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Hildebrand (1983) gave a prescription for deriving dust masses in galaxies from far infrared data which has been widely used. Young et al (1989) have used the Hildebrand prescription to conclude that the average gas-to-dust ratio in galaxies is 1200. Draine (1990) has given a discussion of the derivation of dust masses which emphasizes some of the difficulties. He emphasizes that here is considerable disagreement about the grain opacity at long wavelengths, though this disagreement is somewhat exaggerated by illustrating the most extreme of the models discussed by Rowan-Robinson (1986) in which Qnu propto nu all the way to 1 mm. Draine shows that if only IRAS observations are available of galaxies, then the derivation of dust mass is very uncertain, since several rather different models could in principle be fitted to the same observations. However provided a significant proportion of the 12-100 µm emission from a galaxy is due to cirrus, and fluxes are available in all four IRAS bands, a good separation into cirrus and starburst components can be made, and reasonable estimates of dust mass derived. Observations at long wavelength (> 300 µm) are very valuable in tying down the value of X , the radiation field intensity, and are essential if the 12-100 µm spectrum is dominated by a starburst.

Table 2 gives dust masses derived from the study of Hughes et al (1989) based on the grain model of Rowan-Robinson (1989) described in section 5 above. Comparison of the dust mass in the cirrus component with the neutral hydrogen masses given by Young et al (1989) shows normal gas-to-dust ratios for this model in most cases. However since in many cases the neutral hydrogen in a galaxy extends well beyond the optical image, whereas the bulk of the infrared emission is generally located within the optical image, there may be a tendency to underestimate the total dust mass from far infrared observations. Dust in the outer parts of a galaxy, illuminated with a starlight intensity much lower than in the central regions, may contribute only a very small fraction of the total infrared flux. Sensitive observations at long wavelengths with large beam-throws will be needed to characterize such dust.


galaxy distance ________ cirrus model ___________ starburst model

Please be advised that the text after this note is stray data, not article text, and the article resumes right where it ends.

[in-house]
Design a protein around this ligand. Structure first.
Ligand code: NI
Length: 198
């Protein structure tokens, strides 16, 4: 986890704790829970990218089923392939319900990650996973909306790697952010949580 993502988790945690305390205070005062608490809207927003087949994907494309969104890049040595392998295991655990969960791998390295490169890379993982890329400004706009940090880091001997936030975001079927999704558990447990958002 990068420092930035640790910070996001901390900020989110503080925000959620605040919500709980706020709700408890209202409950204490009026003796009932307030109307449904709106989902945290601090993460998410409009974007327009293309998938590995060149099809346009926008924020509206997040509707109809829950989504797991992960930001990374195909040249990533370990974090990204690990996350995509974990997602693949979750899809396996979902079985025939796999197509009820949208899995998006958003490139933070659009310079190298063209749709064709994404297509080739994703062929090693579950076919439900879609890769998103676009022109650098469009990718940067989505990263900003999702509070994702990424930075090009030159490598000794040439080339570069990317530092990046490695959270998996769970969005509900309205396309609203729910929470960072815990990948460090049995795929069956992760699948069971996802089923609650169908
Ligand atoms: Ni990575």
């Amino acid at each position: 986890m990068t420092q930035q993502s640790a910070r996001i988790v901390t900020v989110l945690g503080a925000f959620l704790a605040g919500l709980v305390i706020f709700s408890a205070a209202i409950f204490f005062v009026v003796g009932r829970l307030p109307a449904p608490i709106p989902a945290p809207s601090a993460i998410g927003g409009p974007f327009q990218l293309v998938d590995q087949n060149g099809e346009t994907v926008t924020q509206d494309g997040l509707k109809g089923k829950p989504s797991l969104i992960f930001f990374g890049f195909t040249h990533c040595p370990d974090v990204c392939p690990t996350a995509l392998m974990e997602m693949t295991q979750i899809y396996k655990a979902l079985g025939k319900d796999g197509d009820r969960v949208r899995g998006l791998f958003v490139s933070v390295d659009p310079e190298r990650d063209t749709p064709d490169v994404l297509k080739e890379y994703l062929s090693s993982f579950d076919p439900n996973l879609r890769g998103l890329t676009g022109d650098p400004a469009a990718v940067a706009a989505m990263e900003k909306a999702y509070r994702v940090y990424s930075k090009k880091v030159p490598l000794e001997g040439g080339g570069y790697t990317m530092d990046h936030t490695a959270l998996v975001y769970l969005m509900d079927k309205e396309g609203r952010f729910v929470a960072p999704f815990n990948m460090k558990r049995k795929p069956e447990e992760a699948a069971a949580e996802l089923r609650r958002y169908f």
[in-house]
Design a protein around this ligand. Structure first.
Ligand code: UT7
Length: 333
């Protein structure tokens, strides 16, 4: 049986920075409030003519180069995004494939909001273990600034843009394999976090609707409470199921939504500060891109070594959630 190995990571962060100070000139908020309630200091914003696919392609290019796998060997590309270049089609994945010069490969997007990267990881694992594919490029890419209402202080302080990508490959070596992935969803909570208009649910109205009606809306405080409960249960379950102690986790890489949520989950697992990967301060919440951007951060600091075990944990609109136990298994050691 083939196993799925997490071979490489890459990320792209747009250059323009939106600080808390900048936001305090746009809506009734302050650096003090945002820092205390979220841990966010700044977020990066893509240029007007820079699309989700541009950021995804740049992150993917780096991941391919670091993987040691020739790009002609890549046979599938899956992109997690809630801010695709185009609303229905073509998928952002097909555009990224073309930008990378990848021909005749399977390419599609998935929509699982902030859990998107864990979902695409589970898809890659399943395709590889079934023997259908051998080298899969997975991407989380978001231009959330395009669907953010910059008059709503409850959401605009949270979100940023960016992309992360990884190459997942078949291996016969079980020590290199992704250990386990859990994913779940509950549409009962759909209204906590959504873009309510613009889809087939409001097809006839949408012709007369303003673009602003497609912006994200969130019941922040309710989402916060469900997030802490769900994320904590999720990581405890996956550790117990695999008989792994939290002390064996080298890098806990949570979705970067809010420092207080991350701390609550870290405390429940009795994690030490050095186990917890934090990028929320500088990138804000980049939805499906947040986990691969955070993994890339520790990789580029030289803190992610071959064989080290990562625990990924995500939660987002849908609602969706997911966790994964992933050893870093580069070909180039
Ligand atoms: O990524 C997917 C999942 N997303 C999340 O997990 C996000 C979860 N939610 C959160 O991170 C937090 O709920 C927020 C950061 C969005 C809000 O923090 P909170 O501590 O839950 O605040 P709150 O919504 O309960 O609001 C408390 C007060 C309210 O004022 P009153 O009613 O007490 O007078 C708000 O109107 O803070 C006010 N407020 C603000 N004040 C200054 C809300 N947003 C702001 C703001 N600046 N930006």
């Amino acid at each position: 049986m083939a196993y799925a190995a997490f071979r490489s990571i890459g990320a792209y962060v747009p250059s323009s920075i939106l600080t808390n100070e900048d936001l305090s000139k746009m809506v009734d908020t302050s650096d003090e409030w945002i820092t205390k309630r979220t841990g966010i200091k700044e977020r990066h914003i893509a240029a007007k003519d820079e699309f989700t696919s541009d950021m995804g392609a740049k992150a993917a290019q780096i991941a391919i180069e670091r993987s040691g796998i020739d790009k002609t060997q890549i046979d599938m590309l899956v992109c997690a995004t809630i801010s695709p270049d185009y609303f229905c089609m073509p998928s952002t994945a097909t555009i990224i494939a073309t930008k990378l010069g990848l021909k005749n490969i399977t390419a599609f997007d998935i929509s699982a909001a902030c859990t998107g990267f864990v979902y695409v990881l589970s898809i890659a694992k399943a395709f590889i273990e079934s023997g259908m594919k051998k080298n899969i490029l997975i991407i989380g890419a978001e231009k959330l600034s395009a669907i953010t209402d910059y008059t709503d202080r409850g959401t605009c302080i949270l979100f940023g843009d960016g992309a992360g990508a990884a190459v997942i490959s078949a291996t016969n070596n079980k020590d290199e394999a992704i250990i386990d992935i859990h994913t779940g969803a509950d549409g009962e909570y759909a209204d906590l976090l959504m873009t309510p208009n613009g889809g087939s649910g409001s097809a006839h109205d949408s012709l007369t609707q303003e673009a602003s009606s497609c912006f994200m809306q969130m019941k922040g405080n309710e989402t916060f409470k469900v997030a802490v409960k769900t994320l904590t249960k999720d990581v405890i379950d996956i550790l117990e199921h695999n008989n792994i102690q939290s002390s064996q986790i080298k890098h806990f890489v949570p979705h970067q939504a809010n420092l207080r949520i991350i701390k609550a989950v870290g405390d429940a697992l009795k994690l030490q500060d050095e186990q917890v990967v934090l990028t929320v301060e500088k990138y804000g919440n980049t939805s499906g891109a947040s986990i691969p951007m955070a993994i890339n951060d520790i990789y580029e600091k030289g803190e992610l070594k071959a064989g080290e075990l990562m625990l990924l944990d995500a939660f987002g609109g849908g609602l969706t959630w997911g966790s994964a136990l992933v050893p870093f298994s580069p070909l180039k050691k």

(Mpc) X depletion log Md(C) log M(HI) log Md(SB)
(H=50) of 5 Å grains

NGC520 45.4 30 90% 7.25 10.10 5.94
NGC1614 92.9 30 90% 7.57 9.88 6.83
NGC2076 48.4 10 50% 7.73
NGC2339 46.7 10 90% 7.50 10.05 5.75
NGC3690 62.1 1 - 8.34 <9.73 6.97
NGC4102 19.7 10 90% 6.97 9.02 5.60
NGC7469 102.0 30 90% 7.63 9.90 6.80

It is important when modeling the far infrared emission from dust in galaxies to take account of the fact that several grain components are present, at different temperatures. Calculations based on the assumption of a single composite grain model and a single temperature are unlikely to yield accurate results. However the cirrus models of Fig 10 can be approximately fitted at long wavelengths with a 2B (T) curve, with the values of T as given in Table 3 for different X. The validity of this fit is for lambda > 1700/T µm. Also given for these models are the values of log{S(100) / S(60)} and log {Md / S(100µm) D2}, log {Md / S(800µm) D2}. Note that whereas Md/S100 D2 approximately proportional to X, Md / S800 D2 approximately proportional to X0.3, so much more accurate dust masses can be obtained if long wavelength observations are available.


X= 1 3 5 10 20 30 50 100 200 500 SB
log{S(100) / S(60)} 0.69 0.70 0.64 0.54 0.44 0.34 0.24 0.13 0.03 -0.11 0.0
T(nu 2Bnu) a 16 19 21 24 27 29 31 34 37 43 40
log(Md/s100 D2) b 4.08 3.42 3.16 2.83 2.60 2.37 2.17 1.93 1.67 1.44 1.33
log (Md/S800 D2) b 4.99 4.84 4.78 4.70 4.62 4.57 4.52 4.43 4.34 4.19

a valid for lambda > 1700/T µm
b solar masses/(Jy Mpc2)

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